Tuesday, December 31, 2013

We Made It To Nassau! What A Trip

We left Bimini at 7:30 A.M. Sunday morning. We left a couple of hours early but when we woke up and the wind was calm with the current flowing in the right direction we decided to get out of the slip while we could do it easily. Of all the maneuvers we need to do sailing Pearl, getting into and out of slips are the most stressful and dangerous. We were in a slip close to shore with the wind blowing us against the dock when we went to bed. I thought it was going to be very difficult in the morning to get us off the dock, out of the slip and facing out to the channel in a strong wind. When we woke up to a light wind we shoved off immediately making a safe exit. We were on our way east to Nassau.

Our new friends on Echo II were going to go along with us "buddy boating" and shortly after we got out of Bimini harbor they caught up.

All boats travel at different speeds and wind angles so its almost impossible to stay together so we do our own thing. It is nice to know that there is someone around that you know to talk to on the radio even if they become out of sight. We kept each other company by checking in occasionally.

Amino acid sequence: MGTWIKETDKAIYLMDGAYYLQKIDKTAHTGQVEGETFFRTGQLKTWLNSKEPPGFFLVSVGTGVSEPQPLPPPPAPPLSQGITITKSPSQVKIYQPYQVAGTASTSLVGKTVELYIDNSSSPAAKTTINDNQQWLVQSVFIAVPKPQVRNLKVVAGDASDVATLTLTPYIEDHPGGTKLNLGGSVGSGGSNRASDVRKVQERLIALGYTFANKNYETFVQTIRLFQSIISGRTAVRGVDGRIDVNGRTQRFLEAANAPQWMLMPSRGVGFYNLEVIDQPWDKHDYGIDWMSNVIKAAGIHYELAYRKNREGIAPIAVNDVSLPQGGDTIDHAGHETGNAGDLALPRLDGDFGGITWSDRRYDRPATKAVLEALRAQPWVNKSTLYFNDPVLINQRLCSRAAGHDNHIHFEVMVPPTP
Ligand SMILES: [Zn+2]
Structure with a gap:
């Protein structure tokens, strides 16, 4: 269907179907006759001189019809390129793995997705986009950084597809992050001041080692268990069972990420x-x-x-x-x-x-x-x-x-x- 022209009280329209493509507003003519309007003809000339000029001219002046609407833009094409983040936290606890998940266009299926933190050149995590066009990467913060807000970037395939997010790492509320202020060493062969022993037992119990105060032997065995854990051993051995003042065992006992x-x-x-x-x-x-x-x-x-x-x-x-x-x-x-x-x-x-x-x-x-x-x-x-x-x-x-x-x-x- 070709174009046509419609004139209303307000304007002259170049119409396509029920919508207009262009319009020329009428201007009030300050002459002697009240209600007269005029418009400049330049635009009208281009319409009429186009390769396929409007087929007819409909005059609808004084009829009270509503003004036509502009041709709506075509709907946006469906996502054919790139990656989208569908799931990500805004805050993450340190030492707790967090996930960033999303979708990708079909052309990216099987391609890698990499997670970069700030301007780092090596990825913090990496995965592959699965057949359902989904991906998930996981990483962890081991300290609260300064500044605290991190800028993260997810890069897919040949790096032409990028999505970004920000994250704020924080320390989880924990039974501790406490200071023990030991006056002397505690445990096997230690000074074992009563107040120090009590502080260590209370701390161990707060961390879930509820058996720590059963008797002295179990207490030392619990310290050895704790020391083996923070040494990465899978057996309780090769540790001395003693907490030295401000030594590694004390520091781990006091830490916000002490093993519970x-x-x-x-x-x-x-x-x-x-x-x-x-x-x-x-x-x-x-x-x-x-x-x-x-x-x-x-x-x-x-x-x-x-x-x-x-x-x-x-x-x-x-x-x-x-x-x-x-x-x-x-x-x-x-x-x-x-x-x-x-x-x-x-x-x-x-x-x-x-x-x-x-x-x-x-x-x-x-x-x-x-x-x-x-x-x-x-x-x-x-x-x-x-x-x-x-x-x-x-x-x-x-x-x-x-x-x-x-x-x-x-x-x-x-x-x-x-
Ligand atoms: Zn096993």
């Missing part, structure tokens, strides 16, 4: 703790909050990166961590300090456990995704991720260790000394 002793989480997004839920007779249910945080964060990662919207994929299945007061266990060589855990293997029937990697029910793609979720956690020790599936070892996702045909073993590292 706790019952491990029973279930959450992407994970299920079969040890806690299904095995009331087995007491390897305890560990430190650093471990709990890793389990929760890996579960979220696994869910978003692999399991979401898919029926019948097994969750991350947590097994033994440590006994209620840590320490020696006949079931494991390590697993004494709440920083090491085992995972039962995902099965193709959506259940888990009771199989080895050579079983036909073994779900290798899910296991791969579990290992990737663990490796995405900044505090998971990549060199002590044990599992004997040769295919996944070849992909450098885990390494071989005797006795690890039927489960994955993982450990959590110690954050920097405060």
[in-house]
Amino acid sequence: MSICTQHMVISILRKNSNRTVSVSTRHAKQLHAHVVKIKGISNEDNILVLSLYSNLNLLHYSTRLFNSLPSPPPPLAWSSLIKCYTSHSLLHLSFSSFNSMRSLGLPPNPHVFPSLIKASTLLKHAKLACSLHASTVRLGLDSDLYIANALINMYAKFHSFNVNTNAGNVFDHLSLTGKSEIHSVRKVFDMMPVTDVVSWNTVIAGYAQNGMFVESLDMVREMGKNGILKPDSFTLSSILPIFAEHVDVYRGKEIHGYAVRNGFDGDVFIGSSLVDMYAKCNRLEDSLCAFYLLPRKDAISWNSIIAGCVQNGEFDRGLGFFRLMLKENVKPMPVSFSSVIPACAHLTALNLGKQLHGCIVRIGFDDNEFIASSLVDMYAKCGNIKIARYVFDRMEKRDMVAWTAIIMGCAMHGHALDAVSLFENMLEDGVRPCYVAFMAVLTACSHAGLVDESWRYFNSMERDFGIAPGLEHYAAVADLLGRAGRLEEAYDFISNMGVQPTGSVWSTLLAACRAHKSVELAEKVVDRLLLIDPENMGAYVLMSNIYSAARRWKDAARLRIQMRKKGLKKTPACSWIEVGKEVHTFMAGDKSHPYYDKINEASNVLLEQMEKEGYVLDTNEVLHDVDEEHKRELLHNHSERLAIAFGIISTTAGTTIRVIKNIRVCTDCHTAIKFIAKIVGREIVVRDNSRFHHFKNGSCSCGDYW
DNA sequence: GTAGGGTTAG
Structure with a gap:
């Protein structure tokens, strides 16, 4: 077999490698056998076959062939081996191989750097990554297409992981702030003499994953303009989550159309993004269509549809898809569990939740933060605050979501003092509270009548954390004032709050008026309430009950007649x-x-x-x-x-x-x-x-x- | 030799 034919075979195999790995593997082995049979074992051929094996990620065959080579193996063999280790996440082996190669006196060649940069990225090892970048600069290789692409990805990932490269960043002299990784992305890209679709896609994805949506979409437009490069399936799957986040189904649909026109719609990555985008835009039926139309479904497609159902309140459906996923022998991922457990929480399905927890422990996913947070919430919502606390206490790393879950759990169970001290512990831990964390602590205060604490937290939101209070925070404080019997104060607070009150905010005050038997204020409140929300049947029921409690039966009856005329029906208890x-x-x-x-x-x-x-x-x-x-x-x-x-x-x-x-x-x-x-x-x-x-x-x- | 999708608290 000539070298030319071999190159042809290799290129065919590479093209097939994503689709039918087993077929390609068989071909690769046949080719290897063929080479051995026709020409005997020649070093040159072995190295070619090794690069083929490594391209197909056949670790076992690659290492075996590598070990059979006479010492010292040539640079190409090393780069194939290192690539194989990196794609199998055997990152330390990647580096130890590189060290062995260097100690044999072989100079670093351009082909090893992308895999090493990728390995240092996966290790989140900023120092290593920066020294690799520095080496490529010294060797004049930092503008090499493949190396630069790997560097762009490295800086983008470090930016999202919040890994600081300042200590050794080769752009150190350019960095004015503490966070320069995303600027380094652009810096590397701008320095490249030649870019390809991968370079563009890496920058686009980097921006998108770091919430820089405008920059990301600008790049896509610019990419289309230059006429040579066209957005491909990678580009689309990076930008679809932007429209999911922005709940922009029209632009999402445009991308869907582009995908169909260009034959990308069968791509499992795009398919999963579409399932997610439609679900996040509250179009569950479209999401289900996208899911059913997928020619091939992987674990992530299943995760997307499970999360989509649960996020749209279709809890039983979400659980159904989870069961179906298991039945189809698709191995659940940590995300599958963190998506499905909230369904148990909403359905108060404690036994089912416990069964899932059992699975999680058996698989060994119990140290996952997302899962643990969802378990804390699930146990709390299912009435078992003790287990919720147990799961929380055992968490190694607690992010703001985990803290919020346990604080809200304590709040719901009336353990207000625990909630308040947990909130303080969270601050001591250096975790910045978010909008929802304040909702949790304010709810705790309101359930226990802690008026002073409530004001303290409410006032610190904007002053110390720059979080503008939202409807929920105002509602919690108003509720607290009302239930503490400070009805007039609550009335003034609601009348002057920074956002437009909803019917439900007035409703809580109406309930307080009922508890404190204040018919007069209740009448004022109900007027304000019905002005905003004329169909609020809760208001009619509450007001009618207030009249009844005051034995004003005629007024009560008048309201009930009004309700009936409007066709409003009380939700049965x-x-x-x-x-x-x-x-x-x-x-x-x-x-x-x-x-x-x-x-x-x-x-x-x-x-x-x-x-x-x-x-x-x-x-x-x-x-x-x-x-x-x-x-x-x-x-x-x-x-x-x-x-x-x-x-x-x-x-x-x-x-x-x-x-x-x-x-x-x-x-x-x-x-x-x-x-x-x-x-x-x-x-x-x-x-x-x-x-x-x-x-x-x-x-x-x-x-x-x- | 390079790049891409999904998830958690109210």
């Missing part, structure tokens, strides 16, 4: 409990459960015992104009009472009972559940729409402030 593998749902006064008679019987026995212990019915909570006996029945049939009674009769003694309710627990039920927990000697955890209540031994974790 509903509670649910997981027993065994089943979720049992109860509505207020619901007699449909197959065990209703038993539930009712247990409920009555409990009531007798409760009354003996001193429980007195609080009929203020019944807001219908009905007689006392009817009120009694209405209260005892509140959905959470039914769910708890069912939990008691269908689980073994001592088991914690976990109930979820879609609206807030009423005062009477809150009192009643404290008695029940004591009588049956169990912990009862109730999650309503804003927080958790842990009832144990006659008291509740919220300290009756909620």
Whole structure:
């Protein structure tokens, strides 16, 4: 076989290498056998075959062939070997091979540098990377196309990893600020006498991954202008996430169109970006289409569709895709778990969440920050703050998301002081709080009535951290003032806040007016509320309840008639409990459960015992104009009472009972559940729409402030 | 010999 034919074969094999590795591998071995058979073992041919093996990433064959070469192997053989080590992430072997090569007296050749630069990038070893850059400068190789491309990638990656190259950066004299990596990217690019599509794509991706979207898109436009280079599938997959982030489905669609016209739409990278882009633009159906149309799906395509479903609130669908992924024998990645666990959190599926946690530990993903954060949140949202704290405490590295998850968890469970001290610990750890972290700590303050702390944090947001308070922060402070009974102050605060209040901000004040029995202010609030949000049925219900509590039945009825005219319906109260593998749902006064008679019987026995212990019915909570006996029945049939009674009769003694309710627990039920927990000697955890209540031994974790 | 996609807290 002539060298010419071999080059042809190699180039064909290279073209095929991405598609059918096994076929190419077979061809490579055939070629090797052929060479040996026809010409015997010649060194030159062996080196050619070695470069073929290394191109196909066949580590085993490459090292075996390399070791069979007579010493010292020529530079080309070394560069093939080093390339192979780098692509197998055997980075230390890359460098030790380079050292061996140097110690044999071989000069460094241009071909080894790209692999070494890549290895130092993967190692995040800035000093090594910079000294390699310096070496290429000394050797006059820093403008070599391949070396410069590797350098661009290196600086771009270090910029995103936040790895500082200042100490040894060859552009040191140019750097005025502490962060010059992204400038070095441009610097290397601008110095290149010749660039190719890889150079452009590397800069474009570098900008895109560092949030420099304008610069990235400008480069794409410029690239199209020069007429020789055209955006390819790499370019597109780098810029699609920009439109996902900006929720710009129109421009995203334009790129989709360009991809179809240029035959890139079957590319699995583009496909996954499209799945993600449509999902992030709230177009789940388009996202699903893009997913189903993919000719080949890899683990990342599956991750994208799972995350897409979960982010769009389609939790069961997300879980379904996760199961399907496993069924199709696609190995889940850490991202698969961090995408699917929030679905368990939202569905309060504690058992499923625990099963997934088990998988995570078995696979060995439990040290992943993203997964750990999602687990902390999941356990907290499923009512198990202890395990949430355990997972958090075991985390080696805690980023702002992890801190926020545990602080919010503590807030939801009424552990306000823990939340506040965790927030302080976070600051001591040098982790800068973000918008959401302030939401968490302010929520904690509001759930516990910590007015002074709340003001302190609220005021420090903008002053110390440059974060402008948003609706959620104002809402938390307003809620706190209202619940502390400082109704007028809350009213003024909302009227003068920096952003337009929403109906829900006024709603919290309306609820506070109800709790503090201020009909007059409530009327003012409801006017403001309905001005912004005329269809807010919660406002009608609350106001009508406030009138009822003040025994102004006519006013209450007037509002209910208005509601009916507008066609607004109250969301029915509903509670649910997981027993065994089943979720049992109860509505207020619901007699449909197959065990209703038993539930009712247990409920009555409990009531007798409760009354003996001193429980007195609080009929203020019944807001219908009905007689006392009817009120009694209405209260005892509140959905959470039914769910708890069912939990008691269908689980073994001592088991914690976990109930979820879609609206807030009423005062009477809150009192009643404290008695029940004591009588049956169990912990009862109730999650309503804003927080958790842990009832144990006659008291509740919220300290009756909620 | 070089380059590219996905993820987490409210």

We sailed north until we were past Bimini and turned east. This was going to be a long run east/southeast to Nassau. The wind was not the greatest angle yet so we had to motor sail the first couple of hours until it swung to the south when we went full sail and no motor for the rest of the day. Along the way we were chatting on the radio with 3 other cruising boats we spent time with in Bimini. They had left a day earlier and anchored south for a night to take the southern route that would eventually merge with our track. It made the day go by comparing notes on each others progress. It was choppy and rolly but compared to the Gulf Stream crossing it was comfortable.